this year, for example, more than 8,660 cartons of cantaloupe
from Costa Rica have been recalled for salmonella risks,
according to U.S. Food and Drug Administration (FDA)
But mainly, things go wrong. That’s business.
“One risk every company faces is a recall,” says
Jane Barrett, an analyst at AMR Research in Boston. So if
recalls are inevitable, a CIO must help create a supply chain
ready to cope with them, she says, by quickly providing the
relevant data to facilitate the process. And a recall conducted
under pressure from federal regulators, an angry public and
plaintiff’s lawyers tests every supply chain management
decision a CIO makes.
Best practice calls for companies to be able to track and
trace the pedigree and whereabouts of the raw materials used to
make their products all the way through the manufacturing
process and out to end-point customers, says Steve David,
former CIO of Procter & Gamble. But many companies, for
many reasons, don’t have supply chains that can do that,
and that becomes evident in clumsy recalls that go on too long,
cost too much, and have the potential to damage corporate and
“The ugliness of bad data management really hits you
when you have a product recall,” David says.
As soon as the decision is made to recall a product,
companies should release consistent, correct information to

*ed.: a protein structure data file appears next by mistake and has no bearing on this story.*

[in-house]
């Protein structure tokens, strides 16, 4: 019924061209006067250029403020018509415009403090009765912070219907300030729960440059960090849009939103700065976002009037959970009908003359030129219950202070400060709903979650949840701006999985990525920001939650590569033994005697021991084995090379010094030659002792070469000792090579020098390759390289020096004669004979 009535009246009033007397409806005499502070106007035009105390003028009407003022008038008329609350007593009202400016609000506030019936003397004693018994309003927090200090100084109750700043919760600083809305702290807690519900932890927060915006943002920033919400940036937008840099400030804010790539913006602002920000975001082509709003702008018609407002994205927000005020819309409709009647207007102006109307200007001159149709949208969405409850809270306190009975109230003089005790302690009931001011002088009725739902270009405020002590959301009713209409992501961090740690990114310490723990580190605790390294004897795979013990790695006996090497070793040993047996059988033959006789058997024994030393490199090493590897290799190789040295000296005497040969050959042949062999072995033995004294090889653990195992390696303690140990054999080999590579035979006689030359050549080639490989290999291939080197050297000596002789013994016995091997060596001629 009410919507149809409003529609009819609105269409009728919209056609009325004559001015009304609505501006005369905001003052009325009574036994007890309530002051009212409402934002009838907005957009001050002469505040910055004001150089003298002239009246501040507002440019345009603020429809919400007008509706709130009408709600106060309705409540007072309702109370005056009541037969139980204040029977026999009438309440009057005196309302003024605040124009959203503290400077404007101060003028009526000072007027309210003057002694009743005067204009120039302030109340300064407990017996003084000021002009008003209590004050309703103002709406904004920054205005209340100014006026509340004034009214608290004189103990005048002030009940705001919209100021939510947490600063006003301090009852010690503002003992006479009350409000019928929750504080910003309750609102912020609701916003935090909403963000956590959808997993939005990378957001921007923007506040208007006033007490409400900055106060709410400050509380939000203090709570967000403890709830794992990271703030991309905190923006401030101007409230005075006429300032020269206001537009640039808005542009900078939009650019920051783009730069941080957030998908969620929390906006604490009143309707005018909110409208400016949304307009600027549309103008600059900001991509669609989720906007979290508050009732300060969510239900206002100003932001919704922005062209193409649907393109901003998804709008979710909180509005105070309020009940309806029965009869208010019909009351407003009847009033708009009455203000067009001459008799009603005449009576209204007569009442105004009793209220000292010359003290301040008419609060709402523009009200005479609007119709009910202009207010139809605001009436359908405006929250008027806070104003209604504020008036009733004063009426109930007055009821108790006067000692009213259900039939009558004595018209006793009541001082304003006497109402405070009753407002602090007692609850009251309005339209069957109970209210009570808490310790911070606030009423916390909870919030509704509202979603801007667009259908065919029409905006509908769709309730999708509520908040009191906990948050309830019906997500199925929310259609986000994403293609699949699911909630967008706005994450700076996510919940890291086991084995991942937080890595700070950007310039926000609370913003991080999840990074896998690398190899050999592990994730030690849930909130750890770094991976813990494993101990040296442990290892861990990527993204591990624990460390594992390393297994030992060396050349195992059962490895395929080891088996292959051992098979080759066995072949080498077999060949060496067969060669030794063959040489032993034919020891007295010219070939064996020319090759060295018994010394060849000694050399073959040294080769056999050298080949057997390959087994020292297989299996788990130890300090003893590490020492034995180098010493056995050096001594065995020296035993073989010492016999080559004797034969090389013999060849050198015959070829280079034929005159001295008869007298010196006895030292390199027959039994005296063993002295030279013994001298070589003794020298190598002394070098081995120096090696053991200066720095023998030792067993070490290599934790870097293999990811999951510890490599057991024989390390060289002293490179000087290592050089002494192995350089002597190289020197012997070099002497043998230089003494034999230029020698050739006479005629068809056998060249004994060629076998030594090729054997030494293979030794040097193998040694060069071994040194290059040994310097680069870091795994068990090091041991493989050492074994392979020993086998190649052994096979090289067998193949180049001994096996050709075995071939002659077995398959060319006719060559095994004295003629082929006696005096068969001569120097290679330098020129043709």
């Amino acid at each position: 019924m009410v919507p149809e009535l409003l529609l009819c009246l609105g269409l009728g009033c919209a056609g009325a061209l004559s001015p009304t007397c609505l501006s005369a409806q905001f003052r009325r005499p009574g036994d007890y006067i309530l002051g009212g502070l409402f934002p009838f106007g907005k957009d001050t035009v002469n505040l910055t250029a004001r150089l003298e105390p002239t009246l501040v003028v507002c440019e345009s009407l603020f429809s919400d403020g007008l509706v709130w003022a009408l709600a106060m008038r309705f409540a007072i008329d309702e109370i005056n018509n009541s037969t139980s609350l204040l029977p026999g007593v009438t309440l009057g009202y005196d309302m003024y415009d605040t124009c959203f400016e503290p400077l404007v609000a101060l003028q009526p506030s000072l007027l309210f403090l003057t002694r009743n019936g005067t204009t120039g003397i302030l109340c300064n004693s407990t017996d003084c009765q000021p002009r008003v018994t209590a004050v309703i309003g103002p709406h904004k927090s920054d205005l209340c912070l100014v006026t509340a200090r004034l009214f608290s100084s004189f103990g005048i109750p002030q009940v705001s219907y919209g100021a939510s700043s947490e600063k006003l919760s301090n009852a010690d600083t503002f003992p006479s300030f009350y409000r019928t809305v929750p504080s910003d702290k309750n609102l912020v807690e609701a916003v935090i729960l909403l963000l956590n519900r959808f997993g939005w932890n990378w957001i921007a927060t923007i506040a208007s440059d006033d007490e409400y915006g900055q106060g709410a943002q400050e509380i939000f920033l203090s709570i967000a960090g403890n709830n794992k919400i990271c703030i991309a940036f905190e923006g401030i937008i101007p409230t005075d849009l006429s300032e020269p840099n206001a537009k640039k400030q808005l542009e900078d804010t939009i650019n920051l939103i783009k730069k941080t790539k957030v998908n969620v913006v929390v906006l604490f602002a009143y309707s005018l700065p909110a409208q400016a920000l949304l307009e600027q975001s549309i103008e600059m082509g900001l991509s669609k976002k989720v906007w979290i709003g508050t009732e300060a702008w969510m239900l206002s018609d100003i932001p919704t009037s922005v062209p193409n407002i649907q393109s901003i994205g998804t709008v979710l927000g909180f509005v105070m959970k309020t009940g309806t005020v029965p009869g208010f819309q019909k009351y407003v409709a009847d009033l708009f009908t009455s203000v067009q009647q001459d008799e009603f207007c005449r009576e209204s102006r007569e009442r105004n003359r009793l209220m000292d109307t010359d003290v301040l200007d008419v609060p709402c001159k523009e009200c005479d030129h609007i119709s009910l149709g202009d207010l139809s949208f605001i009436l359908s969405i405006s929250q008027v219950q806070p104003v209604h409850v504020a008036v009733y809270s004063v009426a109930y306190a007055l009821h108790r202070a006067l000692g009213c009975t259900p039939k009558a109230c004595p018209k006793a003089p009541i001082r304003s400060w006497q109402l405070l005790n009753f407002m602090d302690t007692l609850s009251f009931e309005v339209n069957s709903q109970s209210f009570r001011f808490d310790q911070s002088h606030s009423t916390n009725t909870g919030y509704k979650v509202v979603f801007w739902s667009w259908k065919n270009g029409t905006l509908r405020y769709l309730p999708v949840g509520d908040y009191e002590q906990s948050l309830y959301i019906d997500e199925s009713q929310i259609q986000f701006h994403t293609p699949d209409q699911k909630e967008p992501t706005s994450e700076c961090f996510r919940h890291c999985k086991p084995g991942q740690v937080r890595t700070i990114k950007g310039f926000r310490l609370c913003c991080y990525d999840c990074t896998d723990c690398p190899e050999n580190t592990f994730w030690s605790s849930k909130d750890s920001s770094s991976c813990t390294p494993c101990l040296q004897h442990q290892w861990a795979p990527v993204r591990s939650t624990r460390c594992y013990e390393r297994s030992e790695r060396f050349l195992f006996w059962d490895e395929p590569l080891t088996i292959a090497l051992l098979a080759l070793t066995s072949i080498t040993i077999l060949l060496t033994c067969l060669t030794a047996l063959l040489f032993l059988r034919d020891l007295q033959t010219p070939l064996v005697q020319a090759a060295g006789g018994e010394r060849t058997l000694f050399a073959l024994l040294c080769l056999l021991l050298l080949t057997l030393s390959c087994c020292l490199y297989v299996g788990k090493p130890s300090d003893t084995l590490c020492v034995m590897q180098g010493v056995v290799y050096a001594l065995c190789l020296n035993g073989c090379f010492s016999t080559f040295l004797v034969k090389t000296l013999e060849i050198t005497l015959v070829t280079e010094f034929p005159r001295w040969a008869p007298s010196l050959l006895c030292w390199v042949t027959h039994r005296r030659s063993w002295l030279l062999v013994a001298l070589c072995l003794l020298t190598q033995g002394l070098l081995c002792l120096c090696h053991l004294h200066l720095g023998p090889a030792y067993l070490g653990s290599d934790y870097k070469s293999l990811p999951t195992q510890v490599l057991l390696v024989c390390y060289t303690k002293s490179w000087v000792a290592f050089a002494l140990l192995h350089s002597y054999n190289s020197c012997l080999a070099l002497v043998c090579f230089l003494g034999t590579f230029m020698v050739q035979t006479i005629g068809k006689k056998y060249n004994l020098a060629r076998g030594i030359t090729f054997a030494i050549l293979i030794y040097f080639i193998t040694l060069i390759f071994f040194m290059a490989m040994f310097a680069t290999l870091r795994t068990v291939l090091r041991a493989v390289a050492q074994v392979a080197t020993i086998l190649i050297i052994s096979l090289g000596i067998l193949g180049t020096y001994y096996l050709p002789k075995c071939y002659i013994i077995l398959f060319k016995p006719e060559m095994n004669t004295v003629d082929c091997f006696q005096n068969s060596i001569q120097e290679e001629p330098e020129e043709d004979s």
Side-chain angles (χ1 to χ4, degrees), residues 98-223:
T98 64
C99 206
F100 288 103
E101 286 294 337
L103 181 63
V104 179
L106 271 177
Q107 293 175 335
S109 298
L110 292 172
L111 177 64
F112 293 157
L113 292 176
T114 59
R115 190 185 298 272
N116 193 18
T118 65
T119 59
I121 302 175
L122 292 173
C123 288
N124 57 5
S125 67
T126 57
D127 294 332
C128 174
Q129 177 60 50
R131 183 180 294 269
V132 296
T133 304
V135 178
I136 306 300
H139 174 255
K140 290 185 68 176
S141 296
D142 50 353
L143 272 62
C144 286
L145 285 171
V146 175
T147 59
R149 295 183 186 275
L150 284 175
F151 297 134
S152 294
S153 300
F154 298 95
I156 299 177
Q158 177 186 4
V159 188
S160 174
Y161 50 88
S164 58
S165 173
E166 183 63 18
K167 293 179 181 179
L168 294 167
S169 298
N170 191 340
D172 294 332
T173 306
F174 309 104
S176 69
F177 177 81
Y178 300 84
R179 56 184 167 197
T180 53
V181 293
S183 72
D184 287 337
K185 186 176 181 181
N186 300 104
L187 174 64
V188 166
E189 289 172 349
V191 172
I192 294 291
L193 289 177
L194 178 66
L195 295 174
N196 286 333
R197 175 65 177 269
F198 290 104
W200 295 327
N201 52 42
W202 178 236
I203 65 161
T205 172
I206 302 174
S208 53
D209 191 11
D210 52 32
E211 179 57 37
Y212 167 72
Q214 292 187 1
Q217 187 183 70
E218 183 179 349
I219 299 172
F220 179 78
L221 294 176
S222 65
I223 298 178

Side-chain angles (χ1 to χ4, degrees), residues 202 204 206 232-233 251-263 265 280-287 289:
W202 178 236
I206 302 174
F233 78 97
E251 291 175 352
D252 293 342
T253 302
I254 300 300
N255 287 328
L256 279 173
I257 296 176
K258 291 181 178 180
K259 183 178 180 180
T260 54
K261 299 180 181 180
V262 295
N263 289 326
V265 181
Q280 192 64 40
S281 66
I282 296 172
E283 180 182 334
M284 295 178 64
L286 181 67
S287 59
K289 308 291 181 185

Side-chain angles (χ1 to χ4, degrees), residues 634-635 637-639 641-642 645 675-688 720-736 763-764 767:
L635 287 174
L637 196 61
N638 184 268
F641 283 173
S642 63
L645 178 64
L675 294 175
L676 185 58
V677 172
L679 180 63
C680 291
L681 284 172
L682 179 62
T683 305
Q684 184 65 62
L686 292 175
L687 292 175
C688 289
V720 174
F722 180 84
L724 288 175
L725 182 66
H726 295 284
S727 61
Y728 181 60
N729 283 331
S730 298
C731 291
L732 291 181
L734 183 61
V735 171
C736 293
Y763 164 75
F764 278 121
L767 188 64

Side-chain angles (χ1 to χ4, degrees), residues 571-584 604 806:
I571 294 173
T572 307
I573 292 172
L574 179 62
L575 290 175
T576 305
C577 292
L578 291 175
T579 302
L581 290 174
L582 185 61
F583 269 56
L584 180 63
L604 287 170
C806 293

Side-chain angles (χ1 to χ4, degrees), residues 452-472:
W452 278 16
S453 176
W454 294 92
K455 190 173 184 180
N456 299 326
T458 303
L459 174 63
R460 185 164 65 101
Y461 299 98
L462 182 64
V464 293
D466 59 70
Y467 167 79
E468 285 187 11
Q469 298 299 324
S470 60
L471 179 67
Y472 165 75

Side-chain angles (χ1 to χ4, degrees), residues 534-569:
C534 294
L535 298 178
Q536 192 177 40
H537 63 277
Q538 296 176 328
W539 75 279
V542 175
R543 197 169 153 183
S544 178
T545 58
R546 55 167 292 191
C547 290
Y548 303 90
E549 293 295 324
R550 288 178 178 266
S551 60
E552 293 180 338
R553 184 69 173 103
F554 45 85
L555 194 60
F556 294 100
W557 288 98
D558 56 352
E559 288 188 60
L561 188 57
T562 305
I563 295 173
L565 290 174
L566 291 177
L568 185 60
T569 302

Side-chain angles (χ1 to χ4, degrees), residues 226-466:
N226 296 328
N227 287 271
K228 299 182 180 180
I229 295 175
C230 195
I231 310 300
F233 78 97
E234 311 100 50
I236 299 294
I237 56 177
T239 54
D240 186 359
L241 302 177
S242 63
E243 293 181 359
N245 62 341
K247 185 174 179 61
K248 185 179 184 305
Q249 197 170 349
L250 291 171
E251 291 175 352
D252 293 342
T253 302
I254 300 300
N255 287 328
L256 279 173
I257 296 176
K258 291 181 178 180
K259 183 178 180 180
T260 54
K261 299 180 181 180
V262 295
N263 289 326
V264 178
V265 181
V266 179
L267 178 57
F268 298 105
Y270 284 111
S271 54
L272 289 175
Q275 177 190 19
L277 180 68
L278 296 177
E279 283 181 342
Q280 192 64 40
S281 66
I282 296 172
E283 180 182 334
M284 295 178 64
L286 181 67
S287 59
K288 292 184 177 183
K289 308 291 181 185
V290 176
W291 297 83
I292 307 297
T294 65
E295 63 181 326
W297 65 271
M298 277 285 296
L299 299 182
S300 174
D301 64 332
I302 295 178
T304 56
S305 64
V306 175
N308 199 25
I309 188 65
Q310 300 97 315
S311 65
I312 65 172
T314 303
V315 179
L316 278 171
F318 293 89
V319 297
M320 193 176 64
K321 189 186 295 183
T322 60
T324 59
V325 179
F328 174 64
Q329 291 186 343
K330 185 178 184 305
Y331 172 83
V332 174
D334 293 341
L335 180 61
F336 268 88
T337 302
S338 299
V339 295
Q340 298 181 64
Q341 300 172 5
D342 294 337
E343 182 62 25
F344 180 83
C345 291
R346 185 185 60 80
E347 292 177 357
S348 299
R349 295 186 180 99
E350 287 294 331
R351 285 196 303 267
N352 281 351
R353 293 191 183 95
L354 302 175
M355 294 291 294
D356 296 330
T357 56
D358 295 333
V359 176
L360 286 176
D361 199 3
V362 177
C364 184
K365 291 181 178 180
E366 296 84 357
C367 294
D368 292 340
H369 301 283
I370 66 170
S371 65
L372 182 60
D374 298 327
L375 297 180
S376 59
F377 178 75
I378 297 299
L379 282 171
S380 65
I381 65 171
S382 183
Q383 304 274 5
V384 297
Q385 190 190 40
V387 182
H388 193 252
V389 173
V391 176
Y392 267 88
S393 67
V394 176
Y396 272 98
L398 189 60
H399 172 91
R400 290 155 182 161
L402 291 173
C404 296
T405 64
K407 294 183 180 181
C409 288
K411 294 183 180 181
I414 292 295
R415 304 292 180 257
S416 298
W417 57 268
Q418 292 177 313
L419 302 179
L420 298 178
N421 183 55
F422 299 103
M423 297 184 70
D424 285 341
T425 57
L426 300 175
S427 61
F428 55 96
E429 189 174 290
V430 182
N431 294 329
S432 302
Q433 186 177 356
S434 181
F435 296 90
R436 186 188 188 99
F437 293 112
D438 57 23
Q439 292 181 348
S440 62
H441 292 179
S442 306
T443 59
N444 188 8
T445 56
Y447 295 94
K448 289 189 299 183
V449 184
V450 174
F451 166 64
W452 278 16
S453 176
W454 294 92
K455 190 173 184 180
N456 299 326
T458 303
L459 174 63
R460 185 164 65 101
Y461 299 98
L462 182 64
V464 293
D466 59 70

minimize brand damage, says Joe Barkai, a practice director at
Manufacturing Insights, a consulting firm that is a sister
company to CIO’s publisher. “But,” he says,
“now [traceability] is mainly a manual procedure.
Companies don’t have it automated.”
And that’s a problem. ConAgra, for example, had to
revise its recall twice as it learned more about how much
infected product it could have manufactured and where it might
have gone, according to FDA records. The original
Valentine’s Day 2007 announcement recalled peanut butter
made after May 2006. In early March, ConAgra expanded the scope
to December 2005 and added toppings made in its Humboldt,
Tenn., plant using peanut butter from its Sylvester, Ga.,
plant, where the original contamination had occurred. A week
later, ConAgra pushed the date back to October 2004—22
months before the first reported illness.
ConAgra declined to comment on the recall. Talking about how
its IT and supply chain managers perform recalls, a spokeswoman
says, “doesn’t align with our priorities.”
But it’s clear the experience revealed problems at
ConAgra. Paul Hall, vice president of global food safety, gave
a talk at the Food Marketing Institute in April, after the
recall was under way. The peanut butter recall taught ConAgra lessons other food manufacturers can use, he noted, including knowing where all of your product is going, such as toppings, and assessing ahead of time overall recall and traceability processes across your supply chain.
Hall himself is at ConAgra as a result of the recall. The
company created a global food safety group after the recall and hired him
to lead it.
Lead Paint and Other Horror Stories
When your boss sweats through hostile questions from Wall
Street or is sworn in to testify before Congress, as were both
ConAgra Senior Vice President of Operations David Colo and
Mattel CEO Bob Eckert, he doesn’t tap on a keyboard